Rahm Roars Back

By John F. Harris

So maybe you imagined after a change of power in Chicago City Hall you would not be hearing much from former Mayor Rahm Emanuel.

Well, in that case, you imagined wrong.

Emanuel, it is true, left office last May after eight years with something of a limp. The decision not to seek a third term came amid uncertainty about whether he could win and certainty that any attempt to do so would put the city’s old racial and class divisions on new and painful display.

Ten months later, the limp is gone. On this particular day, to the contrary, Emanuel was sprinting—from “Morning Joe,” to “The View,” to local radio interviews, to Colbert. In between, wouldn’t you figure, was POLITICO.

The proximate cause of all this chatter was Emanuel’s new book, “The Nation City: Why Mayors Are Now Running the World.” The book’s official thesis: At a time when national government in the United States, and many other countries, is bogged down in polarized politics and a poverty of ideas, cities have become the primary engines of innovation, problem-solving, and the creation of financial and human capital.

That idea is not wholly original—it’s been articulated by other voices over the past decade or so—but the book’s author is. He is one of a small handful of people who have served at top levels of both of the past two Democratic White Houses, returning to his native Chicago for elected office (as a member of Congress between 2003 and 2009, before the mayoralty, between 2011 and 2019). Not many political figures are like Bono or Cher—the first name is what everyone knows—but Rahm is one. It is shorthand for a brand of politics merging a zeal for combat with joyful self-promotion. For a certain generation of Washington reporters, with roots covering Clinton-era Democrats, he is a familiar and insistent voice at the end of the line, and the vicissitudes of his own career seem to roughly synch up with those of his party.

Which leads to the book’s unofficial thesis (and the reason it is newsworthy in a way the typical tract on urban policy may not be): Emanuel intends to stay at the center of the Democratic conversation, proselytizing for his own belief that even if his centrist politics seem eclipsed at the present, they still represent the future for Democrats who care about wielding power rather than merely talking about it.

During the supposed ascendancy of populist progressives in his party, he knows that his ideas, record and persona have made him a reviled figure in many precincts of the American left. How does he feel about that? “Fine,” he said. Does it bother him? “No.”

“We share the same goals,” he added, before continuing with the kind of language that makes him a lightning rod. Referring to Bernie Sanders, and even more to backers of Bernie Sanders, he said: “What I don’t agree with is making pledges that will never, ever be realized in people’s lives, I’m not sure are the right policy, and will only reward their cynicism about those of us that make big promises. And so do they attack? Yeah, I think some people on the left are more angry at Bill Clinton and Barack Obama than they are at Donald Trump and I think the left has got it all upside down.”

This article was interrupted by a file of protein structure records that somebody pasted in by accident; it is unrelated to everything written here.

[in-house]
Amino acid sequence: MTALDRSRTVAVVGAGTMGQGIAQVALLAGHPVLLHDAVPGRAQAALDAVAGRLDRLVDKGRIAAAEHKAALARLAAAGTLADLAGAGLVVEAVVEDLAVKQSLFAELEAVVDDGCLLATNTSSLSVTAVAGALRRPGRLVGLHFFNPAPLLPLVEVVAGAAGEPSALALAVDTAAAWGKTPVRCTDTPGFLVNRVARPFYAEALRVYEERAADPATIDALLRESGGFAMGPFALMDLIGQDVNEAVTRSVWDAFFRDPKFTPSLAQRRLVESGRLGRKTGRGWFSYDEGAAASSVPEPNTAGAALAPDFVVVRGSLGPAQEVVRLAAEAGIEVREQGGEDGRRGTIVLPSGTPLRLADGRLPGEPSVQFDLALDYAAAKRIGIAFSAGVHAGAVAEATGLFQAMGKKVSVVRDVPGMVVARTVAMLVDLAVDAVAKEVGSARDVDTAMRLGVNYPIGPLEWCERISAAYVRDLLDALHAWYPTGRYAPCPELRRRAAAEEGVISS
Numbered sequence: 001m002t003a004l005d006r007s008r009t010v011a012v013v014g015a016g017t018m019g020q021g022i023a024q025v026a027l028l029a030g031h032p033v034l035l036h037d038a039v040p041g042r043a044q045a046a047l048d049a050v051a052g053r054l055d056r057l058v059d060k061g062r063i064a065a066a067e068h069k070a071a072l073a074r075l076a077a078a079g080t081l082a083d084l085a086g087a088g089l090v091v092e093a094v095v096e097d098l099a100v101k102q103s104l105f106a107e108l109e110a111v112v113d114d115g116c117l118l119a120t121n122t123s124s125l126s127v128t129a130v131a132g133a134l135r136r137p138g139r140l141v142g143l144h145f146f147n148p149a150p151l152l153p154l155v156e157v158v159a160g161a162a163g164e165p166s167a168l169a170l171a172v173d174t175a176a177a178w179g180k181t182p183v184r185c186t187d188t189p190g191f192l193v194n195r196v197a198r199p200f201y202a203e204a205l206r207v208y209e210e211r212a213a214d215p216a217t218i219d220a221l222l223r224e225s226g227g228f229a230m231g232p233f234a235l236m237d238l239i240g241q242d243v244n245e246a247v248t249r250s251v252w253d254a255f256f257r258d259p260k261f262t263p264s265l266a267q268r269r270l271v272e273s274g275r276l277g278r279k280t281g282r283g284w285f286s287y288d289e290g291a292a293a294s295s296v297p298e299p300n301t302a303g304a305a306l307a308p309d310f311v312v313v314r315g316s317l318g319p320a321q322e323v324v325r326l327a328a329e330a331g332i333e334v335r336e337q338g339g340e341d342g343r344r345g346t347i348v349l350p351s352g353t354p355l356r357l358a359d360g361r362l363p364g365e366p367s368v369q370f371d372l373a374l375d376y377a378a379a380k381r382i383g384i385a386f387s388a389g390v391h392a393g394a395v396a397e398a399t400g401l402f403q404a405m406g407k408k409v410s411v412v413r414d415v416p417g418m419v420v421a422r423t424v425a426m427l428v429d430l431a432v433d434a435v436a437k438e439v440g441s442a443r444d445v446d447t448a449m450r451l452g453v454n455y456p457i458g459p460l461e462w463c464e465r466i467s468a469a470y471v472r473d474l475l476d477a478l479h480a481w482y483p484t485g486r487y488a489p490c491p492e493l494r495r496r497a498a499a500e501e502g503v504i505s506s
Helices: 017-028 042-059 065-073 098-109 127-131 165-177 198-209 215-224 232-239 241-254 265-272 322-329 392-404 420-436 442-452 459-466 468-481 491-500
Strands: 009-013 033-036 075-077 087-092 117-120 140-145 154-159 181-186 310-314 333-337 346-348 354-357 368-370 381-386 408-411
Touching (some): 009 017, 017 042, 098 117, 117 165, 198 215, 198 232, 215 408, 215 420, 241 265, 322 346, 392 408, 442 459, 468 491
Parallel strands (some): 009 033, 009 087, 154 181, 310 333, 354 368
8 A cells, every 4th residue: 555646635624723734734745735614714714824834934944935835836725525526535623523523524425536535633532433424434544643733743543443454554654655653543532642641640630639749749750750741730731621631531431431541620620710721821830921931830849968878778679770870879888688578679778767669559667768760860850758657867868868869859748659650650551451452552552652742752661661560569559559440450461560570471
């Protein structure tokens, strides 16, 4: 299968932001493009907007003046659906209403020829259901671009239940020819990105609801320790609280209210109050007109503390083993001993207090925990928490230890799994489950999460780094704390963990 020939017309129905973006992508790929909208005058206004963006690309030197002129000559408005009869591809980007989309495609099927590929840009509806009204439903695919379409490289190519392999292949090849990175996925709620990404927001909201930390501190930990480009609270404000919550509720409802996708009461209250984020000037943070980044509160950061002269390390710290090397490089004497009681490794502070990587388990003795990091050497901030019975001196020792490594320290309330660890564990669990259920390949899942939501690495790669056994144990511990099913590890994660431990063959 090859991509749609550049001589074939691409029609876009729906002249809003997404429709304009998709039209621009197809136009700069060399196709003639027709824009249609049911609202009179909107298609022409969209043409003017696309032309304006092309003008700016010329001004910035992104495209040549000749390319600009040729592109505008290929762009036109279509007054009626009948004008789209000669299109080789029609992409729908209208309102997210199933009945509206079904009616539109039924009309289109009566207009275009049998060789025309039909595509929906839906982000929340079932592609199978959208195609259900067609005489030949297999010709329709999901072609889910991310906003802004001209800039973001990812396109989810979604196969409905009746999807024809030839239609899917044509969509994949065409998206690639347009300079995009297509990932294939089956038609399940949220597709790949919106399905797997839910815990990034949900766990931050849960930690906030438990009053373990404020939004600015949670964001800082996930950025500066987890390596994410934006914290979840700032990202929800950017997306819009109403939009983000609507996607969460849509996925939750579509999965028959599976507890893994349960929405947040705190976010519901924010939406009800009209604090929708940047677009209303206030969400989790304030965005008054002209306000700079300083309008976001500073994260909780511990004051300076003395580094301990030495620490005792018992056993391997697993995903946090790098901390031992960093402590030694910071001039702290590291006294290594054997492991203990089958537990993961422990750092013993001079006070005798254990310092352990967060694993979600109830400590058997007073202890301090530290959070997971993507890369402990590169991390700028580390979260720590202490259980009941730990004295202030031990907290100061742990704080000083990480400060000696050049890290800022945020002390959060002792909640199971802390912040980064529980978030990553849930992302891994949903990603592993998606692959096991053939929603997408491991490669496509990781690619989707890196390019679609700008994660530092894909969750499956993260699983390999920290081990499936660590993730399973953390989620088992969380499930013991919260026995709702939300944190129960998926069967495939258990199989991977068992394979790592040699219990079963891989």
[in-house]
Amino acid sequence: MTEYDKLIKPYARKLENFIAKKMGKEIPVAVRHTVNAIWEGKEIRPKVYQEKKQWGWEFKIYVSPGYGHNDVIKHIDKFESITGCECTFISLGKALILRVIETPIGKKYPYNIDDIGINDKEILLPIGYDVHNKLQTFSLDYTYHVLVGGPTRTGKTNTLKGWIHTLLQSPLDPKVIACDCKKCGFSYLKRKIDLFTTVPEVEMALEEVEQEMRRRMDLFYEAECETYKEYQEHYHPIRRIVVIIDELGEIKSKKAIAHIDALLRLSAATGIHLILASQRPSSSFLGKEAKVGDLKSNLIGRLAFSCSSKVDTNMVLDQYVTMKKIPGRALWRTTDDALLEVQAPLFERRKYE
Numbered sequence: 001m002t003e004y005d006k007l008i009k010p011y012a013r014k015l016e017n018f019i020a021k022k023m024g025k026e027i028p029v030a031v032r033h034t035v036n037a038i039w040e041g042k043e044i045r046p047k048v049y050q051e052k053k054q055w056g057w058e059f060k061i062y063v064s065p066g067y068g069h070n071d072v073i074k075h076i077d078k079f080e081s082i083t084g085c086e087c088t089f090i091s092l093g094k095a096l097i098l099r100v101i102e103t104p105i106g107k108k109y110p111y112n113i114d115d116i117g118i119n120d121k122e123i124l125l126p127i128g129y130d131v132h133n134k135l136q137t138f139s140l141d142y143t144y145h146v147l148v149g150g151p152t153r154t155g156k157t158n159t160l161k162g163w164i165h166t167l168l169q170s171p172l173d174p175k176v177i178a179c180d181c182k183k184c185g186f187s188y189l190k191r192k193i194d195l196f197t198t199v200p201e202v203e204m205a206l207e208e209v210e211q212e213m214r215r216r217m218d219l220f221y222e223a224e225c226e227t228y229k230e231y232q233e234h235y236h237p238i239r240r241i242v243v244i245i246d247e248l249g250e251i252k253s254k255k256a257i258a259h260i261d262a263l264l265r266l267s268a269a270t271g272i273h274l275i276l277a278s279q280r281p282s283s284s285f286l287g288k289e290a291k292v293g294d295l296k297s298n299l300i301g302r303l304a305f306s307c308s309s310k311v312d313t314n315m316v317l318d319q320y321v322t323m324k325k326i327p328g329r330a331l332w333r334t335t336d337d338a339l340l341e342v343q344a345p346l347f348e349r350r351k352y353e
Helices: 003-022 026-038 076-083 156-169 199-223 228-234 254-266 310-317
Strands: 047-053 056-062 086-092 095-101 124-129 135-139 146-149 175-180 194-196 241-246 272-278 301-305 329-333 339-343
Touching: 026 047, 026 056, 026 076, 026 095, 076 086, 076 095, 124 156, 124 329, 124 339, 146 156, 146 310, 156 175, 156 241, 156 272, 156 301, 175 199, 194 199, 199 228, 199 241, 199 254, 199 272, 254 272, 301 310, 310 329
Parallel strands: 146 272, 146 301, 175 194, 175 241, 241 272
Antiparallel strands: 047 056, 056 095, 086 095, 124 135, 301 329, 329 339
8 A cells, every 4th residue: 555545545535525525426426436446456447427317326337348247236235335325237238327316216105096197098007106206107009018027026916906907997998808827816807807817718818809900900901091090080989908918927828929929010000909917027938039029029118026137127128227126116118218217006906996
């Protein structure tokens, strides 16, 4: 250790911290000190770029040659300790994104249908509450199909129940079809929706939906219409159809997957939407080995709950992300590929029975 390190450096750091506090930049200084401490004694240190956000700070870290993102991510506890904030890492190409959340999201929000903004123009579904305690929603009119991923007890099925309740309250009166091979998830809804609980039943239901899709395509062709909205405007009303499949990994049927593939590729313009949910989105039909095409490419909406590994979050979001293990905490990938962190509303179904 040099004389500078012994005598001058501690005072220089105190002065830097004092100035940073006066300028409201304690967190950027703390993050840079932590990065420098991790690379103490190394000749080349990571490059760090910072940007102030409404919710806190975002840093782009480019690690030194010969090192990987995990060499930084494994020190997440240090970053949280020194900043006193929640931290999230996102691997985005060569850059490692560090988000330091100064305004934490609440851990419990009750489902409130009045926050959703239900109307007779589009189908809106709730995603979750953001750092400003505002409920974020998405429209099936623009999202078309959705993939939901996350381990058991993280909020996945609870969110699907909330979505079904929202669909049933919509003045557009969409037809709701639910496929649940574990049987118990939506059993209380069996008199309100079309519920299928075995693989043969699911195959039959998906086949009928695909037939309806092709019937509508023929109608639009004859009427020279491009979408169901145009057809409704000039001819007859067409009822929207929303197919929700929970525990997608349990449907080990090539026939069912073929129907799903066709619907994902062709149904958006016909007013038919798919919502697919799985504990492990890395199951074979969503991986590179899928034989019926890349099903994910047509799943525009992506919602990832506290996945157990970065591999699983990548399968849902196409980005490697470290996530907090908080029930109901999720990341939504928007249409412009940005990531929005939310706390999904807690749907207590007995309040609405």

He’s stunned, he said in our interview, that rivals have not done a more effective job exploiting the contradictions in Sanders’ record (such as old votes against banning assault weapons) and other vulnerabilities. “These candidates better pick up their game,” he scoffed. “Give me a break.”

The references to Clinton and Obama are a reminder of Emanuel’s special status within the Democratic conversation. A campaign hand and then West Wing “senior adviser” to Clinton before serving three terms in the House and then becoming chief of staff to Obama, the few others with similar influence and prominence at the top of both administrations—Leon Panetta and Hillary Clinton come to mind—are from the generation ahead of Emanuel, and now project a kind of elder statesman status.

Emanuel, by contrast, continues to have the soul of the political operative he once was (he began his career as staffer for the Democratic Congressional Campaign Committee and then as a fundraiser for Bill Clinton). He’s on the phone constantly—reporters, politicians, business friends—and never stops inhaling new information or narrating the state of play in the political arena as he sees it.

There is no question that he is out of step with the moment, in a party that is impatient with the centrism Emanuel advocates and includes many people who are contemptuous of the elite circles he is skilled at navigating and himself represents. The hyperkinesis with which Emanuel still vibrates at age 60 sends my mind back to when I first met him—another occasion when he seemed to be out of step with the moment.

After Bill Clinton won the presidency in 1992, Emanuel was rewarded with the job of White House political director. He soon made a nonadmirer out of a powerful person: first lady Hillary Clinton. She regarded Emanuel’s brash style as reflecting a smart-but-not-wise ethos among the young White House staff, and believed this was partly responsible for presidential stumbles in his first year in office.